Feins argues that the Exchange failed to prove that there was a "pattern" of discretionary trading. A Rule 103 violation need not be based on a pattern; a single instance of discretionary trading would be enough to establish a violation. Here, the evidence supports findings of numerous instances of discretionary trading. The AMEX did not charge, and did not need to find, that these instances were part of a pattern.

F. Finally, the AMEX charged Feins with violating two AMEX rules that require Exchange members to announce bids and offers publicly. Rule 123 requires that bids and offers be made in such a manner as to make their existence generally known. Rule 151 requires that a member offer a security at the minimum fraction of trading above an established bid price or bid the minimum fraction of trading below an established offered price before crossing customer orders.

In essence, Rule 151 requires a broker to seek a better deal for his customer than the current bid or offer prices would provide, and Rule 123 requires the broker to do so in a way that makes the proposed transaction generally known. By announcing an offer above the established bid or a bid below the established offer, the broker invites members of the crowd to effect a trade at a price beneficial to his customer rather than simply making a trade at the published quote.

The AMEX found that Feins executed several crossed trades for Rizzuto at prices outside the market. If these findings were correct, they would provide strong circumstantial evidence that Feins did not execute these trades in compliance with Rules 123 and 151.

We cannot sustain these findings because the record does not establish exactly when the trades in question occurred. As we found above, Feins often did not record trade times on his order tickets, and he failed to report many of his trades. Our inability to determine when the trades were executed makes it impossible for us to tell whether they were outside the market.

IV.

Feins argues that the AMEX must show beyond a shadow of a doubt that the allegations against him are true, and that "[i]f there is any chance that [his] explanations are possible" the charges must be dismissed. He complains that the only proof of his misconduct is "conclusionary" testimony by the AMEX official who led the investigation that resulted in the charges, and that the Exchange failed to gather enough information in its investigation because it failed, for example, to interview his customers, other traders, and reporters, and failed to do a sufficiently detailed analysis of trading records.

The standards Feins cites are not applicable to this proceeding. The applicable standard of proof is preponderance of the evidence.25 The Exchange was required to make a prima facie showing of misconduct; after it had done so, Feins had the burden of going forward with any defense. 26

As shown above, the AMEX introduced extensive evidence establishing its prima facie case. Once the AMEX had established its case, it was incumbent on Feins to introduce whatever evidence he thought would disprove that case. For example, if he believed that the testimony of customers or other Exchange members, or a more detailed analysis of trading records, would have supported his defense, he should have gathered and introduced that evidence himself. Instead, Feins offered unsubstantiated theories about what might have happened -- for example, that the trades in the Catania account might have been made by a clerk who returned the order tickets to Rizzuto after the trades. 27 This was not sufficient to defeat the Exchange's case.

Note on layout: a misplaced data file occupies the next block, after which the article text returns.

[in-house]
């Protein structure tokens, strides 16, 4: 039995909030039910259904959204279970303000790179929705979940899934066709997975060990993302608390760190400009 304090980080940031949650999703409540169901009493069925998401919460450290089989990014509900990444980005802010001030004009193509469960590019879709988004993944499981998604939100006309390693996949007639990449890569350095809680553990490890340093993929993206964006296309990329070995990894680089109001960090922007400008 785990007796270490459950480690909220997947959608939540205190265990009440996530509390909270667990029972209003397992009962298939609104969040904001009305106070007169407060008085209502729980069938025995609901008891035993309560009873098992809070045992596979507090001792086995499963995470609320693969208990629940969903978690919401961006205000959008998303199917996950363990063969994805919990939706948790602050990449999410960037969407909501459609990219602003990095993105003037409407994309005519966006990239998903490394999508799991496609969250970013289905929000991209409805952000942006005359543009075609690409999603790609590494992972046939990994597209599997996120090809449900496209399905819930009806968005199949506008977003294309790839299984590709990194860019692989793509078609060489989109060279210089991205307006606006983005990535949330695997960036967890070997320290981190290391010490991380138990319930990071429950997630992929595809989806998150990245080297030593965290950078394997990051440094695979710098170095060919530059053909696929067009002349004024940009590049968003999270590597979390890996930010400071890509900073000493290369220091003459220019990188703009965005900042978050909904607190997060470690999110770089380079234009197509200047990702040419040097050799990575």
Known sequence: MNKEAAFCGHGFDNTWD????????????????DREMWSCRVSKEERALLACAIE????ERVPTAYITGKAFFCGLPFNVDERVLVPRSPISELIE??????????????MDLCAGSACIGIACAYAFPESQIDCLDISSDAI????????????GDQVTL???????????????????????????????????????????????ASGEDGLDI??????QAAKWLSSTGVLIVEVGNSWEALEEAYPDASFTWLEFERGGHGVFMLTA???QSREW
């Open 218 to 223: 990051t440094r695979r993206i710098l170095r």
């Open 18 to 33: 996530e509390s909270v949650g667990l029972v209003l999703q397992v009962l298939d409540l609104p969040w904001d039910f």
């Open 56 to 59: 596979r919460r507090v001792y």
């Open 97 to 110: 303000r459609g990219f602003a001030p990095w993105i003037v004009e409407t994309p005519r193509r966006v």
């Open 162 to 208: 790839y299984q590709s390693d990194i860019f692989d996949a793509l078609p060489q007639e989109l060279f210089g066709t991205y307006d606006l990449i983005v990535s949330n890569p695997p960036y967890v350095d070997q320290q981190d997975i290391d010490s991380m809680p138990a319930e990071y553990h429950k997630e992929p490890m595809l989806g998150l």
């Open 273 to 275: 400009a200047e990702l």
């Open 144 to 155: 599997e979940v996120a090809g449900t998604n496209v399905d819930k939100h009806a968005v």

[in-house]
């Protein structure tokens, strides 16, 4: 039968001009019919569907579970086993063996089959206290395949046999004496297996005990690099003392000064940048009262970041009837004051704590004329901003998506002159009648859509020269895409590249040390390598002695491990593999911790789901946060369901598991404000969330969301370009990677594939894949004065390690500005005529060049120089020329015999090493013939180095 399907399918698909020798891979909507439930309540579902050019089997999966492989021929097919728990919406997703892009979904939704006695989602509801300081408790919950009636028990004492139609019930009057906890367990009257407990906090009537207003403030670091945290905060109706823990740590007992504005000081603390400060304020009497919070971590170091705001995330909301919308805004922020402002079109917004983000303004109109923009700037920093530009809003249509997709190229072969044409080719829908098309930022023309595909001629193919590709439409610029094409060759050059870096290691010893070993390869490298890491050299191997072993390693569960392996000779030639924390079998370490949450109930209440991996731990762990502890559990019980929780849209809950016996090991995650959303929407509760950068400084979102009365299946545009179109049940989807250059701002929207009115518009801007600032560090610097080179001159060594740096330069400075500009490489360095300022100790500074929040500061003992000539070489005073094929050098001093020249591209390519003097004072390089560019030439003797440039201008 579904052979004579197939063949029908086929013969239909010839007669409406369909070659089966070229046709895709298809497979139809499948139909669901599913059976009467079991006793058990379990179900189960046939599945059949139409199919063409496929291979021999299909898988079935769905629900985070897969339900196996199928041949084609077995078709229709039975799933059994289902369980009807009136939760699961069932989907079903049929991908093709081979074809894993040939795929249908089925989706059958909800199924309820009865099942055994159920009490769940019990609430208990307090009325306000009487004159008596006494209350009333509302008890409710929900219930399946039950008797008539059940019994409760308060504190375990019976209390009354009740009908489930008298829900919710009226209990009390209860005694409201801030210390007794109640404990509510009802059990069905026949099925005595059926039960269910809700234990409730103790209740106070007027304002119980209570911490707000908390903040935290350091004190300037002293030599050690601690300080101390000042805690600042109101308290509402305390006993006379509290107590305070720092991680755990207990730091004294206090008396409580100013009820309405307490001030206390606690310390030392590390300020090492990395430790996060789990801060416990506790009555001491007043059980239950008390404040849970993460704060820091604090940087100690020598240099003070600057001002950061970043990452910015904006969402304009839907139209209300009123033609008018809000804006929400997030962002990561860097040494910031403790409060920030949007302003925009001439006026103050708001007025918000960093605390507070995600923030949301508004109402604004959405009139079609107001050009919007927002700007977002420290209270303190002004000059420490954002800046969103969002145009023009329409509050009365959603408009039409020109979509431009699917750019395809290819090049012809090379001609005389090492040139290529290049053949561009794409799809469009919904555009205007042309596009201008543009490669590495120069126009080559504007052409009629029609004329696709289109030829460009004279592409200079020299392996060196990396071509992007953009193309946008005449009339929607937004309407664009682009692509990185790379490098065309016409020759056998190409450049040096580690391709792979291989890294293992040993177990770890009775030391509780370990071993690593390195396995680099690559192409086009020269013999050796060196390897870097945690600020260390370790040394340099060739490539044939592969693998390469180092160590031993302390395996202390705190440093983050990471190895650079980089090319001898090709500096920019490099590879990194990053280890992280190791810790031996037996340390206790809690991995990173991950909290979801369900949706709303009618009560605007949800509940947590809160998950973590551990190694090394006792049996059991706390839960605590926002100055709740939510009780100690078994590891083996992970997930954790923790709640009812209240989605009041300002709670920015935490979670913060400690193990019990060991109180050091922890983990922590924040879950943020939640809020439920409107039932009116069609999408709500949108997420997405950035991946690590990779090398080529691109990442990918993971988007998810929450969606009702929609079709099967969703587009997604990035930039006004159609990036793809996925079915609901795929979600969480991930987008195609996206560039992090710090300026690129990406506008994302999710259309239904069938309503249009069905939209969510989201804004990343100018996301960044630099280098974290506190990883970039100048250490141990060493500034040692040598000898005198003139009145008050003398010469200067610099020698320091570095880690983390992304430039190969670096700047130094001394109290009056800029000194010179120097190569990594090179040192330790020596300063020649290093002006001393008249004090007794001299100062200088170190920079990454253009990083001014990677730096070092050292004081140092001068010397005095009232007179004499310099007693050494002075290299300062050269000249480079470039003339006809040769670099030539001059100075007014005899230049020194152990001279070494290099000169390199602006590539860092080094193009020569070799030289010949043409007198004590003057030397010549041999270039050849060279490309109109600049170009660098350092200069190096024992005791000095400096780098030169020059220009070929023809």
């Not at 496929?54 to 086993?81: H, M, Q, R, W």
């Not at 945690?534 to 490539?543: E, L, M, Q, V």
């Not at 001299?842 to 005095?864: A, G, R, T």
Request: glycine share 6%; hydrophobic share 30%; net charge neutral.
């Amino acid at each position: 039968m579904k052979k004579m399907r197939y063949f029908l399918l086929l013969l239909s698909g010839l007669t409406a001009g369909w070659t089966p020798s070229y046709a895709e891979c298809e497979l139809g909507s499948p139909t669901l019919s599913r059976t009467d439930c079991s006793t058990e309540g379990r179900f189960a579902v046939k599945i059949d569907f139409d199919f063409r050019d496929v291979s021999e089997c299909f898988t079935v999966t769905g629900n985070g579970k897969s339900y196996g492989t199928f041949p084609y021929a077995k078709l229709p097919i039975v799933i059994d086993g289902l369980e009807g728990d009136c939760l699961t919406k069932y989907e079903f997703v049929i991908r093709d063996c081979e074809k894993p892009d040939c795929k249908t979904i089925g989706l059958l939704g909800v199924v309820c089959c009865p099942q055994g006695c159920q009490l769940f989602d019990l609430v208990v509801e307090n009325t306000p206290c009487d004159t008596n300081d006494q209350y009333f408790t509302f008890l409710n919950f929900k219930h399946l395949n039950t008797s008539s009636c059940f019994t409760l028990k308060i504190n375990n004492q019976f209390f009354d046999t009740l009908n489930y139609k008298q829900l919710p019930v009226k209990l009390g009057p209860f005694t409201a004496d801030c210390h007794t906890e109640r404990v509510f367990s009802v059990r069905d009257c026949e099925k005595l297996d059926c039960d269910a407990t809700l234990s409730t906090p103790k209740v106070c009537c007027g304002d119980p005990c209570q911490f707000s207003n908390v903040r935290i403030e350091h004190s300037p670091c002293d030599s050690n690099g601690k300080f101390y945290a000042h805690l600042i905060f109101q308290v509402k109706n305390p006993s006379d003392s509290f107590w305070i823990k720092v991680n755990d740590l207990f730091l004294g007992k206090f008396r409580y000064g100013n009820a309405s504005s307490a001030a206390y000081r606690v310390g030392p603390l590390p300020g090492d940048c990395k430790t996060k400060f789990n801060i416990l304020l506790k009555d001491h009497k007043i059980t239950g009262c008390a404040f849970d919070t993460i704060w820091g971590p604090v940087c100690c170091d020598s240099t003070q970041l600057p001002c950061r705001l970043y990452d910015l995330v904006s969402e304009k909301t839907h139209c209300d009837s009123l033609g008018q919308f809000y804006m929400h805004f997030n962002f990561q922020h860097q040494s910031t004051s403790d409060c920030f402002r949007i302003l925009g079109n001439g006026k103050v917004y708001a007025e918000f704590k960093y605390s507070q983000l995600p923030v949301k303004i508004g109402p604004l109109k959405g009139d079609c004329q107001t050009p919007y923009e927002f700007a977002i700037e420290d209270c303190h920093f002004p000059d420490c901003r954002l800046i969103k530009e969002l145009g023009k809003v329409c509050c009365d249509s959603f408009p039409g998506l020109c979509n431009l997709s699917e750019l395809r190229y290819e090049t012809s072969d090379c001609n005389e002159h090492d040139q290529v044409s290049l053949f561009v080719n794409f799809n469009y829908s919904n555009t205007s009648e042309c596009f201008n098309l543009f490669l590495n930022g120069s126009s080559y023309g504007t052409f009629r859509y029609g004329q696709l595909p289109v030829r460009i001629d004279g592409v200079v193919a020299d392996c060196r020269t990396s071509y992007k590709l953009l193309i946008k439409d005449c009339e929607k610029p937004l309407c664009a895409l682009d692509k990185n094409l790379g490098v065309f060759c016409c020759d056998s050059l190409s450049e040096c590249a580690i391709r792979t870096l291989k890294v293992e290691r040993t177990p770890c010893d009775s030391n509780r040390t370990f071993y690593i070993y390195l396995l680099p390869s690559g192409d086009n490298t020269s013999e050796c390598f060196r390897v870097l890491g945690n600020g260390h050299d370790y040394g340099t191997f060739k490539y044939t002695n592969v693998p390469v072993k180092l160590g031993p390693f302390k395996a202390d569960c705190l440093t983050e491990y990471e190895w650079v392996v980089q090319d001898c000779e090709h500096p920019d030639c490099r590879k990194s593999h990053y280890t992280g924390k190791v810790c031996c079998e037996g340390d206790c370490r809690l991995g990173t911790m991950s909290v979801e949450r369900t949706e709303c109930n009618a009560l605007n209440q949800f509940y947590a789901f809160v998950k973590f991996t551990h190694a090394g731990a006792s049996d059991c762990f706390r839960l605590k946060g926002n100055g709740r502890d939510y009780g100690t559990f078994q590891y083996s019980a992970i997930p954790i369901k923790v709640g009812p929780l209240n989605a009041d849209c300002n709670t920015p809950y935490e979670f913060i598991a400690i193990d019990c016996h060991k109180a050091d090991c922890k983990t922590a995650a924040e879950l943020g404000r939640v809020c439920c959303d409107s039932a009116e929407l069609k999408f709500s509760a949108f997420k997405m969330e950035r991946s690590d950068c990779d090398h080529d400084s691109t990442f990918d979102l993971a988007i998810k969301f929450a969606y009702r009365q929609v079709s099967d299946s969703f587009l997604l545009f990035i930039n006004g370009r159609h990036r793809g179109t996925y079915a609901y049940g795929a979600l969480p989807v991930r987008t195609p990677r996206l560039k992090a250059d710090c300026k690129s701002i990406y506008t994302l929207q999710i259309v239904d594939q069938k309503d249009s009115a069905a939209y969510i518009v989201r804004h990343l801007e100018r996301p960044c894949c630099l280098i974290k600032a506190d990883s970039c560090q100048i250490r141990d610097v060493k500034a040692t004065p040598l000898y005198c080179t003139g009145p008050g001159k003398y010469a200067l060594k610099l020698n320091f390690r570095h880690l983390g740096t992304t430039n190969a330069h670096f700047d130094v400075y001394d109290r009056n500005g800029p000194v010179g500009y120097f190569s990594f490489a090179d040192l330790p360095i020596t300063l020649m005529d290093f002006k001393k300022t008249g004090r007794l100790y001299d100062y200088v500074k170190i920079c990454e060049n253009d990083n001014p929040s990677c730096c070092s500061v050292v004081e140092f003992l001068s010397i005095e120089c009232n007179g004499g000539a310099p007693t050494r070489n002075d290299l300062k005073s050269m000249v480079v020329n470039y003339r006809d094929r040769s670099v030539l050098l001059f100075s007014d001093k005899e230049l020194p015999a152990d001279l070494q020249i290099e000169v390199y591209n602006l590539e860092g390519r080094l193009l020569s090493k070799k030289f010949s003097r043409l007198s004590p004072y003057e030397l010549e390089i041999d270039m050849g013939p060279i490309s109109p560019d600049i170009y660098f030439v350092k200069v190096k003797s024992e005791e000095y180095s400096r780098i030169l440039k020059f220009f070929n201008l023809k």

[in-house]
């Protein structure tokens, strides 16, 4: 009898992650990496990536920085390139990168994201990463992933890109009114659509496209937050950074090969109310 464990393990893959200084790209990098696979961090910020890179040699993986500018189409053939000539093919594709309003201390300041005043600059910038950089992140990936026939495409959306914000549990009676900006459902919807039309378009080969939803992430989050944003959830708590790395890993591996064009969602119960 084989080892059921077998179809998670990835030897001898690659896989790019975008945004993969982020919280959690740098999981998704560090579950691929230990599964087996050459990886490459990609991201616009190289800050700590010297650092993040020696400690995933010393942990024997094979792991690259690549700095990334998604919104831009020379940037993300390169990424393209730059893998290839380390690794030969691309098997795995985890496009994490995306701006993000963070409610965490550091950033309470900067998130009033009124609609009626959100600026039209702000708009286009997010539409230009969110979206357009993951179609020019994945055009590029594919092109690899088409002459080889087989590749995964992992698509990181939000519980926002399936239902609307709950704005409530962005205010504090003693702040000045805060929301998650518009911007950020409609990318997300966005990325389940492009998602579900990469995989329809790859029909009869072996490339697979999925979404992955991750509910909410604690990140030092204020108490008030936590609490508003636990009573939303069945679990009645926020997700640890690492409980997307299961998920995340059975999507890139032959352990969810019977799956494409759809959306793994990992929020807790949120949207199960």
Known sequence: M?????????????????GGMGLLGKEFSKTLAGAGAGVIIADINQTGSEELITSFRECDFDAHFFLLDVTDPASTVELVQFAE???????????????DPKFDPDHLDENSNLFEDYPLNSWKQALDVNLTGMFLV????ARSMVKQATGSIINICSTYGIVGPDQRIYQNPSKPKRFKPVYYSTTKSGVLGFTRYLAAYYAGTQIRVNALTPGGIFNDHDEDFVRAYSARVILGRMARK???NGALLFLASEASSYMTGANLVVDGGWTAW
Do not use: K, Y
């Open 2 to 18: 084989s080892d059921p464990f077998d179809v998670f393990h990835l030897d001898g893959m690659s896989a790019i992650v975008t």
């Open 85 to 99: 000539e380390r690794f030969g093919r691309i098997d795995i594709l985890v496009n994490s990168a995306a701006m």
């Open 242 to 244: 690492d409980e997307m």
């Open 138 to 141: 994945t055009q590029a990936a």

Feins also argues that the Exchange did not give him notice of the full scope of the conduct that allegedly violated the provisions charged. He contends that he had no reason to expect the AMEX to introduce evidence at the hearing about any trades other than those listed in an attachment to the Statement of Charges, which listed only seven of the 16 trades reviewed at the hearing.

Administrative due process is satisfied where the party against whom the proceeding is brought understands the issues and is afforded a full opportunity to meet the charges during the course of the proceeding.28 In general, "administrative pleadings are very liberally construed," and courts accord agencies considerable latitude when interpreting charging documents. 29 Thus, "the question on review is not the adequacy of the . . . pleading but is the fairness of the entire procedure." 30

In this case, the Statement of Charges described the conduct at issue and specified when it took place. It also identified the Catania account as involved in the trades under consideration. This provided Feins with enough notice to let him prepare a defense. 31

Moreover, the AMEX provided Feins with a set of exhibits more than ten days before the hearing began. These exhibits contained entries from the AMEX Daily Options Journal and corresponding order tickets for the 16 sets of trades discussed at the hearing. 32 Feins had ample opportunity to review the materials, note which trades were under consideration, and refine his defense. 33 Finally, while the trades that were not listed in the Statement of Charges provided further examples of the violative conduct originally charged, the AMEX advanced no new theories of violation based on those trades. 34

Feins argues that, when the AMEX Board of Governors was considering his case on remand, the entire record in the six-respondent disciplinary proceeding should have been sent to the Board of Governors for review, rather than only selected materials. Although the entire record was not mailed to the Board, the Governors received portions of the record and had the opportunity to review a copy of the entire record as it related to all six respondents before the meeting at which Feins's appeal on remand was to be discussed. This was an adequate basis for review. 35